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Companies will work 24 hours a day due to the crisis in the supply chain

(CNN) – The White House will work with private stakeholders in a “90-day race” to help ease supply chain bottlenecks, a problem that has led to Increasing prices for consumers It slowed the global economic recovery from the COVID-19 pandemic.

The White House, which maintains that many ports and the companies it works with to help open bottlenecks in the private sector supply chain, announced that some entities will work 24 hours a day, 7 days a week, to help resolve shipping delays.

President Biden will meet with senior officials and stakeholders to discuss collective efforts to address bottlenecks in the global transportation supply chain, and then deliver a speech on Wednesday.

“The supply chain is basically in the private sector, so we need the private sector to help solve these problems,” a senior administration official said before the announcement.

The Port of Los Angeles will transition into service 24 hours a day, 7 days a week, and the Port of Long Beach is now operational 24 hours a day. These two ports handle 40% of container traffic in the United States.

What is happening to the world’s supply chain? 2:59

The official also said that three of the country’s largest shipping companies, Walmart, FedEx and UPS, would commit to operating 24 hours a day.

“By taking these steps, they’re saying to the rest of the supply chain ‘You have to move, too. We’re going to take a step forward,'” the official said, adding that the White House hopes these companies will motivate others to follow suit. Lawsuit.

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Officials also said the federal government is working with state DMVs to help increase the issuance of commercial driver’s licenses in an effort to increase the number of truck drivers in the country. They added that the White House expects the trucking and rail industries to extend their hours as well.

However, the official cautioned that even with short-term solutions, industries affecting the supply chain are somewhat outdated, and called for approval of President Biden’s infrastructure agenda to truly address these issues.

“To be clear, no matter what we do in the short term, we end up having a capacity problem with our ports, our freight trains, our roads and our bridges. Quite simply, a lot of our freight and freight infrastructure has been built decades or even generations ago, and Americans have been importing and exporting more Much more than they did at the time.”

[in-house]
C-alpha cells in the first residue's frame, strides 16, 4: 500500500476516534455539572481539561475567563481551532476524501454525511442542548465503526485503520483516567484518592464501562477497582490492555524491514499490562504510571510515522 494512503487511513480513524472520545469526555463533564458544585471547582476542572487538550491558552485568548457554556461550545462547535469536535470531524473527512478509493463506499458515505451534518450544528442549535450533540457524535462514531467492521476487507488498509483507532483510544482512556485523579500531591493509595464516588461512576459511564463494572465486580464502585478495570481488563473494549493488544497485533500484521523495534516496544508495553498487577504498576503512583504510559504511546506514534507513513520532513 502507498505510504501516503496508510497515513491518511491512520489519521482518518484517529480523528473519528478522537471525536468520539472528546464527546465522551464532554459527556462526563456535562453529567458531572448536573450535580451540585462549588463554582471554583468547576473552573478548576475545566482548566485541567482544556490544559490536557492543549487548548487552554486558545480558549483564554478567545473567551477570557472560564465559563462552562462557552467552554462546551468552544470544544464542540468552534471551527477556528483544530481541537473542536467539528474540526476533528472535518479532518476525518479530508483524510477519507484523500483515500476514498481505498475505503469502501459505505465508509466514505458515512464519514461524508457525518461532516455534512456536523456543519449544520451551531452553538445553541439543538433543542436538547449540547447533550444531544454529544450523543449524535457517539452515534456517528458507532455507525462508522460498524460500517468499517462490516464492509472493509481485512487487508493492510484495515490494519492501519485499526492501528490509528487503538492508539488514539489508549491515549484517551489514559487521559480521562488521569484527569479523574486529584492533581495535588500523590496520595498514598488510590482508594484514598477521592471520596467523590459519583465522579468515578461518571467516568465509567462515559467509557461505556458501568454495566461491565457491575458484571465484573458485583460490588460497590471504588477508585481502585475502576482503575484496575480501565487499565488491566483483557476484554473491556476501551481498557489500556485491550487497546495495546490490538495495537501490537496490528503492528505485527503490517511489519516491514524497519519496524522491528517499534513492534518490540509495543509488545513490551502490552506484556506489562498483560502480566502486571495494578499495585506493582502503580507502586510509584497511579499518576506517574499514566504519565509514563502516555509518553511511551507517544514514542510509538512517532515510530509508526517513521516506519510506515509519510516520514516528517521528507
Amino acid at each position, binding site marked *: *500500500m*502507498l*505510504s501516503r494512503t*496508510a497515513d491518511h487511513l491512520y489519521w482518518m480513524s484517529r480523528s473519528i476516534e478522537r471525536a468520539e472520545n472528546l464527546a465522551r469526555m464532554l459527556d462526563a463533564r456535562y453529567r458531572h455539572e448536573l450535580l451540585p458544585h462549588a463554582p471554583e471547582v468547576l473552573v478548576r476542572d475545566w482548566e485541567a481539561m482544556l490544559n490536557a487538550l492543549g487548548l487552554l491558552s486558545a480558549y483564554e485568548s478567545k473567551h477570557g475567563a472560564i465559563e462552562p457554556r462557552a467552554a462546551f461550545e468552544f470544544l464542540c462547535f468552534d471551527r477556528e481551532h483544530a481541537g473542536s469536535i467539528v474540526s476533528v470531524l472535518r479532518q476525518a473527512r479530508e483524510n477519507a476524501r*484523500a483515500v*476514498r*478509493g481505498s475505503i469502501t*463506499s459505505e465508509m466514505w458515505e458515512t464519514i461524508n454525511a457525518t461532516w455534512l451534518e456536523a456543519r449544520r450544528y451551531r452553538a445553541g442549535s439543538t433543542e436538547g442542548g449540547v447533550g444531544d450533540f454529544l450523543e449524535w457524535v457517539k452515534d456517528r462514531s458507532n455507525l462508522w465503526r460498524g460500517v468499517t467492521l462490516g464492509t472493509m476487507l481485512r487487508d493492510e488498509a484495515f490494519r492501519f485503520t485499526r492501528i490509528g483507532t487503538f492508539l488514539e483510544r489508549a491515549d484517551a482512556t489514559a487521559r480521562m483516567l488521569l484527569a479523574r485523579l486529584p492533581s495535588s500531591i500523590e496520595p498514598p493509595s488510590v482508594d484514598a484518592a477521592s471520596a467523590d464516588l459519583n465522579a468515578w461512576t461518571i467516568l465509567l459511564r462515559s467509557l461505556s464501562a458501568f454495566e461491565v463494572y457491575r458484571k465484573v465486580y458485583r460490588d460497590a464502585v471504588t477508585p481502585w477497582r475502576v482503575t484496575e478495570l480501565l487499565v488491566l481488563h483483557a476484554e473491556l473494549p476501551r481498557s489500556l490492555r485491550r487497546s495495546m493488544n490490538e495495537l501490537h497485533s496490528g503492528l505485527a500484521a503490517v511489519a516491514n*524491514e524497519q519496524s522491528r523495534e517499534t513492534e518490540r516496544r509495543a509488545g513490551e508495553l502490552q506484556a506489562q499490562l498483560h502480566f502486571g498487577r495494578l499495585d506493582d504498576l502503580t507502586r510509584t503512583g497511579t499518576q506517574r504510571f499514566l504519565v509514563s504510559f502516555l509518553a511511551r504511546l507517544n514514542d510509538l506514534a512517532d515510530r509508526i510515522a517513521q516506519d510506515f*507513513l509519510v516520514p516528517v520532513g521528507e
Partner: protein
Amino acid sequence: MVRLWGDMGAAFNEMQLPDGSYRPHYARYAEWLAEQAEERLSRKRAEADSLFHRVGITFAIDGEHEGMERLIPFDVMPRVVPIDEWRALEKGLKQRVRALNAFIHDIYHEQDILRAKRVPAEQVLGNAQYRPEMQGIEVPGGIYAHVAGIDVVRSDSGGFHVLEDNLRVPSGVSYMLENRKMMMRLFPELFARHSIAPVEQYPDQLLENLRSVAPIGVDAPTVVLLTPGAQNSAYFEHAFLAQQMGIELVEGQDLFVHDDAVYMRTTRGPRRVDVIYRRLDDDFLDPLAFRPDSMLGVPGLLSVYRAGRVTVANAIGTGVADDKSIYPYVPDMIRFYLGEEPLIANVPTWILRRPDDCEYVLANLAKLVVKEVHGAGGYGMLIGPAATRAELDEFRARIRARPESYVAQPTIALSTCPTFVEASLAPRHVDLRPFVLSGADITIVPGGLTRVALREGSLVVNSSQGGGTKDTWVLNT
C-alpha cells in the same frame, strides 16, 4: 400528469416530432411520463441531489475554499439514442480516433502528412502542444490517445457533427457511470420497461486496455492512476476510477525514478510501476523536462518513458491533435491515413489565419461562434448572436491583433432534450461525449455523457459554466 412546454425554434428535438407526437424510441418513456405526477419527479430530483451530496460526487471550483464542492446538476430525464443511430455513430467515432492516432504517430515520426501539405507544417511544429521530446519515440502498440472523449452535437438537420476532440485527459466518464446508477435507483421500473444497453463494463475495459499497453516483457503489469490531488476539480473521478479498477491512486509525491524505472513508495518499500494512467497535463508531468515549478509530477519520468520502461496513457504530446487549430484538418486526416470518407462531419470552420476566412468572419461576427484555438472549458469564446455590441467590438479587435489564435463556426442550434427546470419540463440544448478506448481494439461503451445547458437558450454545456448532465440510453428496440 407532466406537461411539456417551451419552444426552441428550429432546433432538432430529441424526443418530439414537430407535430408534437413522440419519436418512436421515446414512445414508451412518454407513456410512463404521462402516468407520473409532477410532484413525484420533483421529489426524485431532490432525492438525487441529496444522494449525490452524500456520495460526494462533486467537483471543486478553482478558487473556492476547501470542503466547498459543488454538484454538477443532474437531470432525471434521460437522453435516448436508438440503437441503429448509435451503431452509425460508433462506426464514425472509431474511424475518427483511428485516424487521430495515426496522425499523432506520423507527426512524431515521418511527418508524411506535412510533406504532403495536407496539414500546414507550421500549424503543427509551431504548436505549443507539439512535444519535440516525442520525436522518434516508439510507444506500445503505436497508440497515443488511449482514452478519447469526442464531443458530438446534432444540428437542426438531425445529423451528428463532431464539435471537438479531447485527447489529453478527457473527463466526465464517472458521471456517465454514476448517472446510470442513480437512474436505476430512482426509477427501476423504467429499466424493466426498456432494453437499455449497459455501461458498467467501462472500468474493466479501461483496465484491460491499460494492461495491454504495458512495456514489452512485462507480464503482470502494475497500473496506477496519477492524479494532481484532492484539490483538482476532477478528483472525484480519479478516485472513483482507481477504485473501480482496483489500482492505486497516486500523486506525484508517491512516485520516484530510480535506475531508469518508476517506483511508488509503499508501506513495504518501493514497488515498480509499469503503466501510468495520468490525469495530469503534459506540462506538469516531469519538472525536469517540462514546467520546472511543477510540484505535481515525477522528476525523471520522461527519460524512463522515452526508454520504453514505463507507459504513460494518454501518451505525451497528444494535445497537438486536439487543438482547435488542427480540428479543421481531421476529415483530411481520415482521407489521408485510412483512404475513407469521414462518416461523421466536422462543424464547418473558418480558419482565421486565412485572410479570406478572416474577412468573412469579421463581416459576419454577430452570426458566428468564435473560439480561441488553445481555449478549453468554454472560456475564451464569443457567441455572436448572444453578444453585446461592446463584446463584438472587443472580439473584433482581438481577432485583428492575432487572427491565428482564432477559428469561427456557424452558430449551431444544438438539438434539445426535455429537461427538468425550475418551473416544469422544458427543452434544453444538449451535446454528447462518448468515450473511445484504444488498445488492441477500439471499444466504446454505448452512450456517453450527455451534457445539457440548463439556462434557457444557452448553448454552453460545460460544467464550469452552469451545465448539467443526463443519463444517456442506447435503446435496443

“The federal government will be a strong and willing partner in this short-term effort, but also in rebuilding a better system for the 21st century,” he added.

Change in demand affects the supply chain

The White House has argued that one cause of the supply chain disruptions is due to increased demand, as consumers’ buying habits have changed throughout the pandemic.

“As a result, what we have seen is a huge demand for goods through the supply chain transmission system. A lot of this is because shopping is done online, which has bigger implications, of course, on import, warehousing and other factors across our supply chain.”

But the official also pointed to the global component of bottlenecks in the supply chain, including global ports and factories that have sometimes closed during the pandemic, limiting the ability of businesses and consumers to get their products. This is one reason the United States is working to share vaccines with the rest of the world, the official said.

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“If we can stabilize the pandemic, we know it will have a positive impact on global supply chains for a beneficial economy,” the official said.

Attendees at the roundtable are expected on Wednesday. (List updated through Tuesday night.)

  • Gene Siroca, CEO of the Port of Los Angeles
  • Mario Cordero, CEO of the Port of Long Beach
  • Willie Adams, International President, ILWU
  • James Hoffa Jr., General President, Teamsters
  • Greg Reagan, Head of Transportation Commerce, AFL-CIO
  • John Woerner, President and CEO of Walmart US
  • Dr. Udo Lange, President and CEO of FedEx Logistics
  • Nando Cesarone, President of US Operations, UPS
  • Brian Cornell, Chairman and CEO, Target
  • KS Choi, President and CEO of Samsung Electronics North America
  • Matt Shay, CEO of the National Retail Federation
  • Peter Friedman, Director of ejecutivo, Agricultural Transportation Coalition
  • Chris Speer, President and CEO of the American Trucking Association
  • Ian Jeffries, President and CEO of the American Railroad Association
  • Susan Clark, President and CEO of the American Chamber of Commerce.
  • Jeff Freeman, President and CEO of the Consumer Brands Association
  • Jim McKenna, President and CEO of the Pacific Maritime Association

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